Officers involved in the operation carried out a number of searches in the south of the county following yesterday's seizure of arms and ammunition near Keady.
    Police said a 'large quantity' of suspected bomb-making equipment was found during a series of searches today. No arrests were made and investigations are ongoing.
    Three people are still in custody after a haul of guns and ammunition, described by police as 'substantial', was recovered yesterday after a vehicle was stopped and searched.
    The three men arrested were at the scene, near Keady, Co Armagh, and were taken for questioning to the PSNI's serious crimes suite in Antrim.
    The arrests came as the PSNI issued a warning that dissident republicans are intent on murdering more of its police officers “in the coming days and weeks”.
    The police service took the unusual step yesterday evening of issuing a statement urging the public to be vigilant for such attacks over Easter.
    The warning to policemen was issued last night after a new dissident grouping, reported to be comprised of former Provisional IRA members, said it murdered Constable Kerr in Omagh three weeks ago.
    The new group styling itself “the IRA” said it was responsible for the “recent execution of the RUC (sic) member in Omagh”.
    In a statement to yesterday’s Belfast Telegraph it also said it was planning more killings and bombings. It said it was totally separate from other dissident groups such as the Real IRA/Óglaigh na hÉireann and the Continuity IRA.
    The PSNI asked the “public to be particularly vigilant over the Easter holiday period due to the severe threat level posed by terrorists”.
    “Dissident terrorist groups are continuing to identify officers and target them with the single objective of killing them. And, in so doing, their reckless actions will also put the lives of our wider communities at risk,” said a spokeswoman.
    “Police believe terrorist groups are intent on trying to murder officers in the coming days and weeks. And while police will be taking all appropriate and legitimate steps to minimise this threat, they are asking for the public’s co-operation, assistance and forbearance as they do so.”
    She made clear that Northern Ireland was likely to experience disruptive security activity over the holiday to resist the dissident threat.
    “The public will see an increased visible police presence over the coming days and weeks and we ask for their patience with their officers if they are inconvenienced due to police activity,” she said.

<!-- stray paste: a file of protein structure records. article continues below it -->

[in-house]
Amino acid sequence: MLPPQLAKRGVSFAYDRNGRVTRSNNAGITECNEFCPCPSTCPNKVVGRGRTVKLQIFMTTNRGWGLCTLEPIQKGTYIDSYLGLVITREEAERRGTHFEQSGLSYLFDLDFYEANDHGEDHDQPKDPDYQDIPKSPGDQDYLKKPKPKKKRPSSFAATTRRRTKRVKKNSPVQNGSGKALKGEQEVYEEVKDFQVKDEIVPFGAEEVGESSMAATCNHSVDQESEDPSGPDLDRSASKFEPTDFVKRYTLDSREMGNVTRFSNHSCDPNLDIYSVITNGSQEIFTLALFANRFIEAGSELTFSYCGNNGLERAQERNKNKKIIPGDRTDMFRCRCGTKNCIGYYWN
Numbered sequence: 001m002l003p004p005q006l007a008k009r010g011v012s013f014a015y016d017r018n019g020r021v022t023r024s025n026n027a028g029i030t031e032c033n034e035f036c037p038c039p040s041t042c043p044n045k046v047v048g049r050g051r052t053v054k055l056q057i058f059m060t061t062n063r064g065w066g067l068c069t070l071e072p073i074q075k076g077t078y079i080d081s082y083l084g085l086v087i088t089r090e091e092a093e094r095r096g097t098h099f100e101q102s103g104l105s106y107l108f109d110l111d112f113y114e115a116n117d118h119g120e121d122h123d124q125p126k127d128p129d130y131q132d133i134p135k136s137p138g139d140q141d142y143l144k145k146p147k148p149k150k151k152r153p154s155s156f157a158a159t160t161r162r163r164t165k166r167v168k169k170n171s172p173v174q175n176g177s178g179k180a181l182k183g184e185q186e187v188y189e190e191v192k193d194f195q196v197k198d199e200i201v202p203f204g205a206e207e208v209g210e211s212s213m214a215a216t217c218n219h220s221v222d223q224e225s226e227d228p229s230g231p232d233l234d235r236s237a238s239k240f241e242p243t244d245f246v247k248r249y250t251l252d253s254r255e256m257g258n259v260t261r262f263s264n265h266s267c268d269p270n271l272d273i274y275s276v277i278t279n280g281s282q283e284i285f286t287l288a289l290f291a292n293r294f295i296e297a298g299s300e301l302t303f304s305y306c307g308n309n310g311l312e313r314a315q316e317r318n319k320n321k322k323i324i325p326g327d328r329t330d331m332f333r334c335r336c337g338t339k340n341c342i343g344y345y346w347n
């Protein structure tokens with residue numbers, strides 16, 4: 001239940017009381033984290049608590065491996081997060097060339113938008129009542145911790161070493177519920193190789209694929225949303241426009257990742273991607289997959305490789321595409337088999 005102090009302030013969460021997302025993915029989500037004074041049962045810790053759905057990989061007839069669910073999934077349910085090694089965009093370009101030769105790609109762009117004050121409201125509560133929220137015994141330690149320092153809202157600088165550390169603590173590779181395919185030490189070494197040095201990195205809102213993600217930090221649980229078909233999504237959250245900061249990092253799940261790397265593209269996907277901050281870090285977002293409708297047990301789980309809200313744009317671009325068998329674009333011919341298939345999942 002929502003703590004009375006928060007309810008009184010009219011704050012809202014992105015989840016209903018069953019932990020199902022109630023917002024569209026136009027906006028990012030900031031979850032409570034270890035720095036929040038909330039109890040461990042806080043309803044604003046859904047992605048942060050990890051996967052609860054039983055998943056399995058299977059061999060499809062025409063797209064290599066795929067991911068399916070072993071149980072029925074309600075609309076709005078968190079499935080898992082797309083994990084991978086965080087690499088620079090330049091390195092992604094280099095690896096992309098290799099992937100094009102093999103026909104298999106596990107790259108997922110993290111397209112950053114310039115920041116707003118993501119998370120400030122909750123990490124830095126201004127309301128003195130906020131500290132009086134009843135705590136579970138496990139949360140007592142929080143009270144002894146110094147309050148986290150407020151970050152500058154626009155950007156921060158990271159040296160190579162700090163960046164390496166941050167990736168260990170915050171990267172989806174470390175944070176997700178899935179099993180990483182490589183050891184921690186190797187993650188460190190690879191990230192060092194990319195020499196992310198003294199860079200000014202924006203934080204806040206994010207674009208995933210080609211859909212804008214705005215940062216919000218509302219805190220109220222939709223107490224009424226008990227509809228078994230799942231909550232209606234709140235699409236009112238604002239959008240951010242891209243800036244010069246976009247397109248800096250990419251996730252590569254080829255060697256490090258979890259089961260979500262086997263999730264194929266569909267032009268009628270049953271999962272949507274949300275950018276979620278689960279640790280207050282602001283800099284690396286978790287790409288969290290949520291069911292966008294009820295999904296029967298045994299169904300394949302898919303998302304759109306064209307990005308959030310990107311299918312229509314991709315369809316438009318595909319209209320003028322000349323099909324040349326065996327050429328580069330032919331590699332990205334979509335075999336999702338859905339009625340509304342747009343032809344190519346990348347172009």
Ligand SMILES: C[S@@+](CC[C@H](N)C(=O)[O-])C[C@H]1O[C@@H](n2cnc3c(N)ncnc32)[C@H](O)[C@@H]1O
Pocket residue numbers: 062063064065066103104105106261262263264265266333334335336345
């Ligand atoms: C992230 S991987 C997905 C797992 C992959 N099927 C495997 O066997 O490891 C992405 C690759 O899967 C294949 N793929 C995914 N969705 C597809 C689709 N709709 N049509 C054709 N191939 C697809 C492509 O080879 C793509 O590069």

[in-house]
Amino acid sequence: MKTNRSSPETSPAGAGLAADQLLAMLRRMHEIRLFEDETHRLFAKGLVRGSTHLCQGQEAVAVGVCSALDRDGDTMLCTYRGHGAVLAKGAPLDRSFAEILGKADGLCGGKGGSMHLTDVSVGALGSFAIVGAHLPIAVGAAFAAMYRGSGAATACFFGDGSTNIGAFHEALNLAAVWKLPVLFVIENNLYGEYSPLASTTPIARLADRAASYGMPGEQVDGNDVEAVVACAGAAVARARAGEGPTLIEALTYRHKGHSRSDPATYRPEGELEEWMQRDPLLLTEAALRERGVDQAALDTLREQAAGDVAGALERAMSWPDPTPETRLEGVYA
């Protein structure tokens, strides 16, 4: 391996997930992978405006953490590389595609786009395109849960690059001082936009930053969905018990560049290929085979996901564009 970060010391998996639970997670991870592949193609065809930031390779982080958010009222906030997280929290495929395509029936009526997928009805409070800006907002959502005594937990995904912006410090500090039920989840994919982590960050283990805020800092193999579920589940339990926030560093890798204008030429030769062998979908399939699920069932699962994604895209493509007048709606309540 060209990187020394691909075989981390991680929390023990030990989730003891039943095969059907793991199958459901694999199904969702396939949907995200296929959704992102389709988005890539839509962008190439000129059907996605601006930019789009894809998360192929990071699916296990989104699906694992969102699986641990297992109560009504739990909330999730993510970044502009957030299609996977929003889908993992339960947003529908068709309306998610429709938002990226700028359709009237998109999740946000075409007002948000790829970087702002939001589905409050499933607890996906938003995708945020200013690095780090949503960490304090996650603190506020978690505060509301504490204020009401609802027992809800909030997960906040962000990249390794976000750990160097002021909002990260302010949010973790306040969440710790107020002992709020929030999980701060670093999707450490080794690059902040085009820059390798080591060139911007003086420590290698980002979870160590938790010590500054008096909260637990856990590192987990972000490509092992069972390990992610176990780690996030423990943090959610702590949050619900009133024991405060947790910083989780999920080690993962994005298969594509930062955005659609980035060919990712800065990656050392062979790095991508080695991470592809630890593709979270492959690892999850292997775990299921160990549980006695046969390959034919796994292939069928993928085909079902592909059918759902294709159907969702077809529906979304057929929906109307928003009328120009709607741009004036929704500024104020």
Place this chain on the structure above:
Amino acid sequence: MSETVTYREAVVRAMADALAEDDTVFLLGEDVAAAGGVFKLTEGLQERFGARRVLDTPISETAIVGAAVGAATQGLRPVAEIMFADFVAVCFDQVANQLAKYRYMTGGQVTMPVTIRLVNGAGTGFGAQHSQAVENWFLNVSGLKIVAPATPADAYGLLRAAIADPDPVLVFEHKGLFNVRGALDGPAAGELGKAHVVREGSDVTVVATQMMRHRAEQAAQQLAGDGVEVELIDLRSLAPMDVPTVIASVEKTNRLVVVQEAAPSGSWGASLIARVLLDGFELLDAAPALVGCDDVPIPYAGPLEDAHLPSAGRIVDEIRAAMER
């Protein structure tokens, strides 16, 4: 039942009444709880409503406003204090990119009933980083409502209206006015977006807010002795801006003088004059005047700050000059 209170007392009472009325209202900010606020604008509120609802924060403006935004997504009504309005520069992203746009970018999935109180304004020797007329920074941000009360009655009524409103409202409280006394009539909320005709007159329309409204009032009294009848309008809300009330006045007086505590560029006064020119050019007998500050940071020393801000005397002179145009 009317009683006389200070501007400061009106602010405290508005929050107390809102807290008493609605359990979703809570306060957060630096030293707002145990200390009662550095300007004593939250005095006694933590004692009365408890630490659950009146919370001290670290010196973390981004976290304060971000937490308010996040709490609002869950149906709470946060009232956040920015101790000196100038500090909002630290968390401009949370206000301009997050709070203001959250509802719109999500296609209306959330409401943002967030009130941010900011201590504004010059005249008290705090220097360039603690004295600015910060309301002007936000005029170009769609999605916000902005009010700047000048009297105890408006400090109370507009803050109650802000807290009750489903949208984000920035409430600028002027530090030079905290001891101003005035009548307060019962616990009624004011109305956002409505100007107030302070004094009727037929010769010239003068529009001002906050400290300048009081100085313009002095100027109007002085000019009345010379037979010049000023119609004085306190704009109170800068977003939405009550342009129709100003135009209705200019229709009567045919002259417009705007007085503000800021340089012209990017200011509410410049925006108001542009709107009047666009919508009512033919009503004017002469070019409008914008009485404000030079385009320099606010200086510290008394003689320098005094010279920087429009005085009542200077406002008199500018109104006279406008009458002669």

Police urged anyone who saw suspicious activity to report it to the PSNI. “If you see anything which does not look right or causes you concern, please contact police.”
    Police investigating the murder of Constable Ronan Kerr have charged a man with terrorism offences.
    The suspect (33) is accused of possession of firearms and explosives with the intent to endanger life and possession of articles likely to be of use in terrorism.
    Constable Kerr (25) died earlier this month when a booby trap bomb exploded under his car in Omagh, Co Tyrone, Northern Ireland.
    The suspect will appear at Dungannon Magistrates’ Court, Tyrone, tomorrow.
    At the time of the killing police blamed dissident republicans for targeting the Catholic officer.
    The device exploded as he got into his car to go to work, yards from where participants in a fun run had earlier passed by.
    This is the first individual to be charged. Two others were released earlier this week.
    Separately, a newly dissident Republican group is reported to have admitted murdering Mr Kerr.
    Today's Belfast Telegraph newspaper says the group is made up of former members of the IRA.
    It said it had seen a statement issued by the group in which it threatens to continue a campaign of violence to try to end what it described as "British occupation".

    Real IRA Dublin Real IRA Murder of Queen Elizabeth
    A leading crime gang in Dublin who have been responsible for a number of shootings and murders in recent months, and who call themselves the Real IRA have secured a light 50 snipping rifle from dissident criminals in south Armagh in preparation for planned violence that will mark the Visit to Dublin of Queen Elizabeth of England 17-20 May 2011. The Real IRA in Dublin are now one of the main gangs profiting from drug dealing and racketeering and use a flag of convenience to justify their criminal activity.